In the meantime, Vande Bharat Express made its entry into Odisha and a new era of rail travel commenced on May 18 with the formal flagging off of the Howrah-bound Vande Bharat Express at Puri. Undoubtedly, this service will be the most sought-after rail-journey experience for people of coastal Odisha. Apart from travellers from Kolkata to Puri or from Bhubaneswar/Cuttack to Kolkata, many people who now regularly travel between Bhubaneswar and Balasore or between Bhubaneswar and Puri would prefer to travel by Vande Bharat rather than by their own car or by a hired vehicle.

Source: RailMin (Twitter)Source: RailMin (Twitter)

The Train is expected to run with high occupancy and surely would be tourist friendly. During the flagging off function at Puri, the Railway Minister hinted at another Vande Bharat Express for the state between Puri and Rourkela through Angul and Sambalpur. Though it is premature to speculate when the service would commence, it is likely that the waiting time would not be too long. In the meantime, many new routes are being finalized. Some interstate connections through Odisha may benefit the state. Both the state government and the Ministry of Railways should work towards this objective. For example, the proposed link between Howrah and Jamshedpur should be extended up to Rourkela or even Sambalpur. Similarly, the proposed Vijayawada- Vishakhapatnam link could be extended up to Bhubaneswar. There is a strong case for connecting Raipur with Vishakhapatnam and Ranchi with Vishakhapatnam. These links could benefit important Odisha cities like Berhampur, Sambalpur, Bargarh, Bolangir, Titilagarh, and Rayagada.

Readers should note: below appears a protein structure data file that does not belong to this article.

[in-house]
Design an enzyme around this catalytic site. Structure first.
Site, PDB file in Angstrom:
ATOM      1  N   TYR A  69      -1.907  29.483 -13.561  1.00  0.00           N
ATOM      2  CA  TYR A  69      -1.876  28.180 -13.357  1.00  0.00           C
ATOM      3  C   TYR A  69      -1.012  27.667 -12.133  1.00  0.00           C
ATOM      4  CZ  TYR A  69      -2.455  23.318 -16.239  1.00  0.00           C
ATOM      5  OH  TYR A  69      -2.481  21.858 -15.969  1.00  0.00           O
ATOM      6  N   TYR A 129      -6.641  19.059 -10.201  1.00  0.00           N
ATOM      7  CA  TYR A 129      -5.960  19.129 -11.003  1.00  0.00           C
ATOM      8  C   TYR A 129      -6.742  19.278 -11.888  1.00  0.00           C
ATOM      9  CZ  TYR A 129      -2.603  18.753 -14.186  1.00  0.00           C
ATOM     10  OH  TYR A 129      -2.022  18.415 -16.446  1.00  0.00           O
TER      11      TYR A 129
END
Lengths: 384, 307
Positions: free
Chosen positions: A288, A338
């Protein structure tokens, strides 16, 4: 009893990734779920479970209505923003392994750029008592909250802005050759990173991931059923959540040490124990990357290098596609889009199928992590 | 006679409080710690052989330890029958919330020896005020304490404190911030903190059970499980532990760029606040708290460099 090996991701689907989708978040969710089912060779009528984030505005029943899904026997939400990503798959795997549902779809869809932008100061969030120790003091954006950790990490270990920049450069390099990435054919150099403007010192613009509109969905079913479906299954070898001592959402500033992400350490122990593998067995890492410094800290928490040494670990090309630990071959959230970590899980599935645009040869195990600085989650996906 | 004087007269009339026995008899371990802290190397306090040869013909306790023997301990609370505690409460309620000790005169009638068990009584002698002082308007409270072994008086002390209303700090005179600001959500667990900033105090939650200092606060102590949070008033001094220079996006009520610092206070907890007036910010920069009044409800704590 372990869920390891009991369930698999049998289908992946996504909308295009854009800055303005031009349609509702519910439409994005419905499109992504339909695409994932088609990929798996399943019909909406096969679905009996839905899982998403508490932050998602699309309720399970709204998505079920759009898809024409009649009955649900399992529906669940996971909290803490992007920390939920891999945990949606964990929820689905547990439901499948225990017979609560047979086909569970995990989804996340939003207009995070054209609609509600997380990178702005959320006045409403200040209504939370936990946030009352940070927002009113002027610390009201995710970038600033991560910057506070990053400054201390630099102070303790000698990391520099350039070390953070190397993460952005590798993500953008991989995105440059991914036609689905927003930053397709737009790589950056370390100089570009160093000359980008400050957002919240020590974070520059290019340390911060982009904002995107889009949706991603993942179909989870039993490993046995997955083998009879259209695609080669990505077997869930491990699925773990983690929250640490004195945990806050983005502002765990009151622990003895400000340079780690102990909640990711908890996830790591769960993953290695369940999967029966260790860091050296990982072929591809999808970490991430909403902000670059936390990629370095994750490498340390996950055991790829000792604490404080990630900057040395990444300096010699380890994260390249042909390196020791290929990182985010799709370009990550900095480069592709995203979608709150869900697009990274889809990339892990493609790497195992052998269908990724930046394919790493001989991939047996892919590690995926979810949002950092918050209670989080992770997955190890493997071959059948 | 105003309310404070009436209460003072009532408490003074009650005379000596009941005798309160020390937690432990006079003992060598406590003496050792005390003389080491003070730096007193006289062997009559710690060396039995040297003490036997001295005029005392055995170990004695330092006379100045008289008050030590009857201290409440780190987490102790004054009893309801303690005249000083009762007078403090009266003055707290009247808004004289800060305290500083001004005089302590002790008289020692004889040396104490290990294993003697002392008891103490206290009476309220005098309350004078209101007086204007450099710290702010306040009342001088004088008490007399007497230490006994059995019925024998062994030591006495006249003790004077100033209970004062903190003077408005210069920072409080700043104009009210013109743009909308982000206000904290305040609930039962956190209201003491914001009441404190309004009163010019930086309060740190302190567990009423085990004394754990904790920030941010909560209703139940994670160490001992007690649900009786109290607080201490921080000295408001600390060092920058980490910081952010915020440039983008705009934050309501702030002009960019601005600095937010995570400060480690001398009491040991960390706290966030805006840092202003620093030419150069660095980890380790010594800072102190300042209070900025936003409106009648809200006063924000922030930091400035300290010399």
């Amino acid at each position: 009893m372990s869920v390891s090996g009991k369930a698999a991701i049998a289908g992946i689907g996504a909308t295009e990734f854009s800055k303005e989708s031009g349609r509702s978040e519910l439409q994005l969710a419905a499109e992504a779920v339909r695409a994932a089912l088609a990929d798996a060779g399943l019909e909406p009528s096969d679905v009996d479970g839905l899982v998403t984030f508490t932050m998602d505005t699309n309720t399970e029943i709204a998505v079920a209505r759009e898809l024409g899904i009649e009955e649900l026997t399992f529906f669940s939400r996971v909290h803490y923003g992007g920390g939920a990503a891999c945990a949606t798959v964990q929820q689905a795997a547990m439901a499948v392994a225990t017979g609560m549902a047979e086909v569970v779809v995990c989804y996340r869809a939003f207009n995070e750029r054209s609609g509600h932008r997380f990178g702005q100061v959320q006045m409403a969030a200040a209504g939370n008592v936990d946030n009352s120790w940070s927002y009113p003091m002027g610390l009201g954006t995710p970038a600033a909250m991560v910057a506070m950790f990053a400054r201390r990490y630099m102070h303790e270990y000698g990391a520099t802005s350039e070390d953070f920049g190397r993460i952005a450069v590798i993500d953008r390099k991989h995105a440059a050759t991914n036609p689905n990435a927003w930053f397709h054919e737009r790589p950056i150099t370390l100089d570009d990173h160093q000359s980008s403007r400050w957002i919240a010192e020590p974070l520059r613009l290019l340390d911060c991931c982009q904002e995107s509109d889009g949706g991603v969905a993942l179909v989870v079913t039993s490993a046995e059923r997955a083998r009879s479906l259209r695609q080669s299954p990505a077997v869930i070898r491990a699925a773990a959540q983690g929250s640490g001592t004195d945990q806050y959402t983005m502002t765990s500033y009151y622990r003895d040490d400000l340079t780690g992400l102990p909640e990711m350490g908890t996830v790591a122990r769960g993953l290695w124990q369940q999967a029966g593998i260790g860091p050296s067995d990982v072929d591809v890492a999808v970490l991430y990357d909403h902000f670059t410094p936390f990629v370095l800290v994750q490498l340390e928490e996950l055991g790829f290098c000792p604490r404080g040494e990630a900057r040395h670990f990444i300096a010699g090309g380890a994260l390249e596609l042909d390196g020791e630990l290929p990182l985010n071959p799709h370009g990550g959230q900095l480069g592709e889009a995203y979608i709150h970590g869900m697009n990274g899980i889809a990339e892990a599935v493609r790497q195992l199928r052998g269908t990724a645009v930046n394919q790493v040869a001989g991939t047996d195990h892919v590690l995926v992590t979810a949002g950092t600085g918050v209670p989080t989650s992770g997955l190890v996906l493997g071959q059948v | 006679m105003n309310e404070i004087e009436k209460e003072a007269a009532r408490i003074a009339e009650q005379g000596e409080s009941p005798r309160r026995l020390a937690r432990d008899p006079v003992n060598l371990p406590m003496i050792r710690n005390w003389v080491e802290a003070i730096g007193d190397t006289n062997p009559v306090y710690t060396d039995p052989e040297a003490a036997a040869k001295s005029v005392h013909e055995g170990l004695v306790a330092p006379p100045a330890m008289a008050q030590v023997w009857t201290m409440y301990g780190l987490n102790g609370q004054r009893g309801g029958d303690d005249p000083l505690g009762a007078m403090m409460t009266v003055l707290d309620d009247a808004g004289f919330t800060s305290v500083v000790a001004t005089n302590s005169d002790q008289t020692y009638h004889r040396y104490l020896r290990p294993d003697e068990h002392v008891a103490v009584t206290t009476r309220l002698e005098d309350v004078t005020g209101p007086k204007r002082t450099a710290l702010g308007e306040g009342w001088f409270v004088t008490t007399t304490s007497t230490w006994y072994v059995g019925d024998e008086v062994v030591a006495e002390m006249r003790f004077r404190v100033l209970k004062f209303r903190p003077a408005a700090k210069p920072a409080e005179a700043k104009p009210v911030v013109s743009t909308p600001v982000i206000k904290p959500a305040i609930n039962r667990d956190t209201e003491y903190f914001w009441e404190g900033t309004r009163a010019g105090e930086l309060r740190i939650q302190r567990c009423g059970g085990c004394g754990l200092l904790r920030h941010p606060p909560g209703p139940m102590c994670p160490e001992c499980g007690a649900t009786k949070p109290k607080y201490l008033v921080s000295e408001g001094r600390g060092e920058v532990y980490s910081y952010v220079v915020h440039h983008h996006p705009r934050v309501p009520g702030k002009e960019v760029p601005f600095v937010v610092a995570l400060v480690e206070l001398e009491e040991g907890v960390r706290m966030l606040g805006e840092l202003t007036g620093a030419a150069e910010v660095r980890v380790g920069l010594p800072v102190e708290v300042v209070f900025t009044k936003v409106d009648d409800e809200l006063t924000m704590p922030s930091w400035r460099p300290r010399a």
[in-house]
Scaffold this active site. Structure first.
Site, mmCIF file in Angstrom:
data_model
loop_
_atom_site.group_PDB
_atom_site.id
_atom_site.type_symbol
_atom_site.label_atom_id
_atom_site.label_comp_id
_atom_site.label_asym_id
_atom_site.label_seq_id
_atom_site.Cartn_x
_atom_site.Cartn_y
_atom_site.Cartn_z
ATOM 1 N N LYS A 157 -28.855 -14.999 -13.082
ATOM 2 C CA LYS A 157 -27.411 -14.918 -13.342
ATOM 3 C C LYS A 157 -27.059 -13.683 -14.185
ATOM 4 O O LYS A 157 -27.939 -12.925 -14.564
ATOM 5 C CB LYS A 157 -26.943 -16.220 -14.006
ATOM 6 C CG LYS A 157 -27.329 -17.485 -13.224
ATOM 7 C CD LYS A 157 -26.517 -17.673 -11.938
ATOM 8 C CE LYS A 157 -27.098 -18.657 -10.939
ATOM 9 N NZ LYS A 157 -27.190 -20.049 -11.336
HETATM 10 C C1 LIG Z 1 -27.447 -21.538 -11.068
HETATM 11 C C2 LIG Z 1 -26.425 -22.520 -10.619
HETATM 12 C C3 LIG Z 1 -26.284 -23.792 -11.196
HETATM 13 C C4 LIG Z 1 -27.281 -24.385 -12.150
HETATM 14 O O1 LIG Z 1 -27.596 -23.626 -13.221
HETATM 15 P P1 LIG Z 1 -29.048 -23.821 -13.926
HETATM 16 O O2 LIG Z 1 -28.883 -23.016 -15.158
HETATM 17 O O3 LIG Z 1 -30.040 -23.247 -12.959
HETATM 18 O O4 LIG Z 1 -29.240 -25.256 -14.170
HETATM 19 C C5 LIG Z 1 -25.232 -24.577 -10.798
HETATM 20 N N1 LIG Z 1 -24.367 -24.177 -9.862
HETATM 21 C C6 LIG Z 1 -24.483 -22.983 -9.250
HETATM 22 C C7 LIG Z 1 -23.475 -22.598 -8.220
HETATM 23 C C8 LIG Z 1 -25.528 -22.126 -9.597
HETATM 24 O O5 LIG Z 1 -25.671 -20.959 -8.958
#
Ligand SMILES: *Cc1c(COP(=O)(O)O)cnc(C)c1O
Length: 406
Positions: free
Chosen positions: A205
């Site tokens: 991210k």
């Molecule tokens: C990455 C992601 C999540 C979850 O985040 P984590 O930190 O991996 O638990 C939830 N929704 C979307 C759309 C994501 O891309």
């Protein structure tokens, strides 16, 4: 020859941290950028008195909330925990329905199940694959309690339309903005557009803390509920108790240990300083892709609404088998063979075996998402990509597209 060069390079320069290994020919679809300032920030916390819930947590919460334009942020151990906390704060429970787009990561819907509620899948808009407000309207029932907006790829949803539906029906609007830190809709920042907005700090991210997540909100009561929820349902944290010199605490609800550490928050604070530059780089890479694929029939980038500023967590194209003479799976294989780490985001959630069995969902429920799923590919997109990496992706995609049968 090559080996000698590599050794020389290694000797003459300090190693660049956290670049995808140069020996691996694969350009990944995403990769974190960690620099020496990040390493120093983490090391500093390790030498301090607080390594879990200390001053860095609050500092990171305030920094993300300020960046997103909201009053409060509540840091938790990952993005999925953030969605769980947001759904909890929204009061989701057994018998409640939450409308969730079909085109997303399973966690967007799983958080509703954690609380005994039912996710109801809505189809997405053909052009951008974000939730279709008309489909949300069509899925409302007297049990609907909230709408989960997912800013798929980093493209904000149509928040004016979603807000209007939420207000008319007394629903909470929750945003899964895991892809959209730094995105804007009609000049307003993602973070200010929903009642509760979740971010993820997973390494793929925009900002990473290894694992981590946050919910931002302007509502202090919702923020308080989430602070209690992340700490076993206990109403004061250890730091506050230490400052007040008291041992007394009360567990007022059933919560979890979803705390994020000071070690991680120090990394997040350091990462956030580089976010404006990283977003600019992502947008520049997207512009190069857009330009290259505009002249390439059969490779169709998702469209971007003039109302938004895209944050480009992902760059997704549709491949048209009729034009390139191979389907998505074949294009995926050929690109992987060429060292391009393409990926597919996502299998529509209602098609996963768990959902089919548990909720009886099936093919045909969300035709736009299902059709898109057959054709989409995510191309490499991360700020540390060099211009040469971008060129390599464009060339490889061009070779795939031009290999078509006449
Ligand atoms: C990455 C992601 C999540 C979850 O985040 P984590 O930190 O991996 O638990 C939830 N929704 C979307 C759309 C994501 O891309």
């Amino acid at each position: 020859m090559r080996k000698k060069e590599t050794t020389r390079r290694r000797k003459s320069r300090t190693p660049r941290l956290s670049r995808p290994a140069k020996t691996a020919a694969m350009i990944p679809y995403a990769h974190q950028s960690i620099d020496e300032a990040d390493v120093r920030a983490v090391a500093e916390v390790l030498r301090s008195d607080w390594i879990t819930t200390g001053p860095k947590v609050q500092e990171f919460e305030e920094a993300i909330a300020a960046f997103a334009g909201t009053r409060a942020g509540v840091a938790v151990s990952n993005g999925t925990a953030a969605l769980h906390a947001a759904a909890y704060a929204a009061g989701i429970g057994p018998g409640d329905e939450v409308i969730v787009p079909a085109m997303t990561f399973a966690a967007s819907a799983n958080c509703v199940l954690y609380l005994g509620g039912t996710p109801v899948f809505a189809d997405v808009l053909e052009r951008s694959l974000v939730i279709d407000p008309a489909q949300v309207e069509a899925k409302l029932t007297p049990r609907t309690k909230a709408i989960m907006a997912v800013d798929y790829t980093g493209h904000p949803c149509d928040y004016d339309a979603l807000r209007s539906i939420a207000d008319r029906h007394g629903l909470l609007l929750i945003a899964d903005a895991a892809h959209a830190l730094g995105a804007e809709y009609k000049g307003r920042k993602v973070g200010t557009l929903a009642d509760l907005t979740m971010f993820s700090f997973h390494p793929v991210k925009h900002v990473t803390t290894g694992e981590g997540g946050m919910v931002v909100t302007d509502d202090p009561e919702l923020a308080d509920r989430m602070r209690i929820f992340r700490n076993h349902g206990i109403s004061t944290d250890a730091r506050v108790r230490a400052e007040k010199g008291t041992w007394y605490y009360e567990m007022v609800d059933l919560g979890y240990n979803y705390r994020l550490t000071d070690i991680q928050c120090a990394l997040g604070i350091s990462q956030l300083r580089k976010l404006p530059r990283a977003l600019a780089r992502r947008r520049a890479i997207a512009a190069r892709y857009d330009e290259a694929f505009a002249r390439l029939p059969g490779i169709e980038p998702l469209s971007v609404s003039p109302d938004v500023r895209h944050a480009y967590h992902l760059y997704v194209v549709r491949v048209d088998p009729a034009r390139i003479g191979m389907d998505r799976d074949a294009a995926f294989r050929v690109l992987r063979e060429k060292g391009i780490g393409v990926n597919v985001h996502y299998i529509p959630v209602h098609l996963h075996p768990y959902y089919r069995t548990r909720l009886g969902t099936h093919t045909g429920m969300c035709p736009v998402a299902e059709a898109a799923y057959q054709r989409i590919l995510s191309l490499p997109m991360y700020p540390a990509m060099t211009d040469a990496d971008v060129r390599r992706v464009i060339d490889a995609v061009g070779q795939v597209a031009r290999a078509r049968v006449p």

The other important area that merits the attention of the Hon’ble Railway Minister relates to the strengthening of many important railway lines within the state for train speeds of 130 km per hour. Most railway lines are freight lines- routes that support an operational speed of much less than 110 km/hr. For example, it takes the fastest train, Rajya Rani Express – Train Number 18118—2 hrs 16 minutes to cover a distance of 90 km from Gunupur to Naupada with only one halt. That works out to a speed of only 40 km per hour—an anachronism in the present state of the world where speedy travel is the norm. Train Number 58151, Biramitrapur-Barsuan Passenger covers a distance of 96 km in 3 hours 25 minutes. Important railway lines within Odisha should be fast upgraded as Group B lines which support an operational speed between 110 and 130 km/hr.  Gunupur-Naupada, Raipur-Vishakhapatnam, Rupsa-Bangiriposhi, Cuttack-Paradip, Sambalpur-Titilagarh, Rourkela-Hatia, and Cuttack-Sambalpur, Rourkela-Barsuan lines should receive priority.

(DISCLAIMER: This is an opinion piece. The views expressed are the author’s own and have nothing to do with OTV’s charter or views. OTV does not assume any responsibility or liability for the same.)